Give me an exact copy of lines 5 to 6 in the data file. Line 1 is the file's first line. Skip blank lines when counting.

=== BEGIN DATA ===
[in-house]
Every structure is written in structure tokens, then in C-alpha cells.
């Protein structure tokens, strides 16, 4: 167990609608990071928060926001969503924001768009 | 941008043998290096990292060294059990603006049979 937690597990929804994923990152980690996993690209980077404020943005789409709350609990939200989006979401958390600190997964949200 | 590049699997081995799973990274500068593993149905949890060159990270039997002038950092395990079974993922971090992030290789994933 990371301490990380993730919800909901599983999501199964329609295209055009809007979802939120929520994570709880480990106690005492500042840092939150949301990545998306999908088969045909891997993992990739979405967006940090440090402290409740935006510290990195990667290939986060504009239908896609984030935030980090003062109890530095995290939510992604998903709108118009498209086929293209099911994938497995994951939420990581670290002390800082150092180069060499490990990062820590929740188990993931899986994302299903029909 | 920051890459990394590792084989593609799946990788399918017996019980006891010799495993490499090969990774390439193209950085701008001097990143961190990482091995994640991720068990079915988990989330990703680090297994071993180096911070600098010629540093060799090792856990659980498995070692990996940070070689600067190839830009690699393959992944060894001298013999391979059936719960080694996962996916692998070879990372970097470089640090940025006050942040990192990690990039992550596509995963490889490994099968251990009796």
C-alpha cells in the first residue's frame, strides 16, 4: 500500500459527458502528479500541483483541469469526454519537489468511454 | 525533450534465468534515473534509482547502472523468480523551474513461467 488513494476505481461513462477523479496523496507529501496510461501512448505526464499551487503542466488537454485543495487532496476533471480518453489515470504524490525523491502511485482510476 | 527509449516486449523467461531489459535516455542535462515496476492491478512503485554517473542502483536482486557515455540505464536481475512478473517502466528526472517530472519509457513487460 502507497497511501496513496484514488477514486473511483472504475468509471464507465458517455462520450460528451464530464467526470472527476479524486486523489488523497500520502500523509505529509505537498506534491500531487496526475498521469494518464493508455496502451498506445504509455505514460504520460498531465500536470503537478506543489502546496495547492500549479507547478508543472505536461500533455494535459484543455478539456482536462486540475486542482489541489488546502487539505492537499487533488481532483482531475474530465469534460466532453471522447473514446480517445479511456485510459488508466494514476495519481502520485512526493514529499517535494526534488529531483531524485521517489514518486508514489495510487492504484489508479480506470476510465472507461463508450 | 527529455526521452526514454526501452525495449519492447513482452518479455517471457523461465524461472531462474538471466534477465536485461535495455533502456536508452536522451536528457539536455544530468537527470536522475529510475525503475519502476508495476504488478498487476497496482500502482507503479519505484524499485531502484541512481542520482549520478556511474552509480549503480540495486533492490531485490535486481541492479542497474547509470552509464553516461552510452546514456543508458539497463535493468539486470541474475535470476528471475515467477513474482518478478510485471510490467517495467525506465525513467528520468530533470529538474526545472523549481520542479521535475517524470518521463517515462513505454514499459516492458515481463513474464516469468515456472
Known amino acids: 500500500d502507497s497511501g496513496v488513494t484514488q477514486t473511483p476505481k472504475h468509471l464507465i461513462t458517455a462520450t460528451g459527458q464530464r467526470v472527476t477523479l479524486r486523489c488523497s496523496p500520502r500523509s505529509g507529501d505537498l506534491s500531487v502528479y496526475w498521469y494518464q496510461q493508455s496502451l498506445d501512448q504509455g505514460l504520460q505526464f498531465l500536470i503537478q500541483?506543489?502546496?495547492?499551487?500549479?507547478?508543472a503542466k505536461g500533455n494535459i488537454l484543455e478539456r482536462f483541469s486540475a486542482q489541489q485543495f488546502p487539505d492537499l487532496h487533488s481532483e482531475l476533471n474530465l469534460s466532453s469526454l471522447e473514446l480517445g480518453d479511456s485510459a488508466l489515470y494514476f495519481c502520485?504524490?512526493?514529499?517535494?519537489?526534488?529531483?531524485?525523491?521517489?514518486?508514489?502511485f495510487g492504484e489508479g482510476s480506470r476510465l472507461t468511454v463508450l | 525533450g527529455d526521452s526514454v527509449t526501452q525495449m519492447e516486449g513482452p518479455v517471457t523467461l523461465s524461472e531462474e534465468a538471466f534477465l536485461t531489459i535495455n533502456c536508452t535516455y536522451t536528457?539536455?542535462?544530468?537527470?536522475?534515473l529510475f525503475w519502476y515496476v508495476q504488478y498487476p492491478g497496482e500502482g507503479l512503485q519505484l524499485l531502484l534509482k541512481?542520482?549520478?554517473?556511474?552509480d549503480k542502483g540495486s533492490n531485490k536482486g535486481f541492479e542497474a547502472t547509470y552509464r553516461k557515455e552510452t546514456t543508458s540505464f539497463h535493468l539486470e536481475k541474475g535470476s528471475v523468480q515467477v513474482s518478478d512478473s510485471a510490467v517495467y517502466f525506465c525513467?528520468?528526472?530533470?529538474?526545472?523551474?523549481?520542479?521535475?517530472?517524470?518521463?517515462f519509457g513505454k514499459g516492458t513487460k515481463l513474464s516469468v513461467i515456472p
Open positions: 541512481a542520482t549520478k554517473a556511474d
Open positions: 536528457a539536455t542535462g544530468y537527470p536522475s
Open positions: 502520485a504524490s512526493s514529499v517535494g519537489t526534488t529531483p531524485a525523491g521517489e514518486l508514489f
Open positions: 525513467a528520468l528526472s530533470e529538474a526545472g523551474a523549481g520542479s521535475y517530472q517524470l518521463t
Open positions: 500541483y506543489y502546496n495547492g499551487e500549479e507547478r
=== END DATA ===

Known amino acids: 500500500d502507497s497511501g496513496v488513494t484514488q477514486t473511483p476505481k472504475h468509471l464507465i461513462t458517455a462520450t460528451g459527458q464530464r467526470v472527476t477523479l479524486r486523489c488523497s496523496p500520502r500523509s505529509g507529501d505537498l506534491s500531487v502528479y496526475w498521469y494518464q496510461q493508455s496502451l498506445d501512448q504509455g505514460l504520460q505526464f498531465l500536470i503537478q500541483?506543489?502546496?495547492?499551487?500549479?507547478?508543472a503542466k505536461g500533455n494535459i488537454l484543455e478539456r482536462f483541469s486540475a486542482q489541489q485543495f488546502p487539505d492537499l487532496h487533488s481532483e482531475l476533471n474530465l469534460s466532453s469526454l471522447e473514446l480517445g480518453d479511456s485510459a488508466l489515470y494514476f495519481c502520485?504524490?512526493?514529499?517535494?519537489?526534488?529531483?531524485?525523491?521517489?514518486?508514489?502511485f495510487g492504484e489508479g482510476s480506470r476510465l472507461t468511454v463508450l | 525533450g527529455d526521452s526514454v527509449t526501452q525495449m519492447e516486449g513482452p518479455v517471457t523467461l523461465s524461472e531462474e534465468a538471466f534477465l536485461t531489459i535495455n533502456c536508452t535516455y536522451t536528457?539536455?542535462?544530468?537527470?536522475?534515473l529510475f525503475w519502476y515496476v508495476q504488478y498487476p492491478g497496482e500502482g507503479l512503485q519505484l524499485l531502484l534509482k541512481?542520482?549520478?554517473?556511474?552509480d549503480k542502483g540495486s533492490n531485490k536482486g535486481f541492479e542497474a547502472t547509470y552509464r553516461k557515455e552510452t546514456t543508458s540505464f539497463h535493468l539486470e536481475k541474475g535470476s528471475v523468480q515467477v513474482s518478478d512478473s510485471a510490467v517495467y517502466f525506465c525513467?528520468?528526472?530533470?529538474?526545472?523551474?523549481?520542479?521535475?517530472?517524470?518521463?517515462f519509457g513505454k514499459g516492458t513487460k515481463l513474464s516469468v513461467i515456472p
Open positions: 541512481a542520482t549520478k554517473a556511474d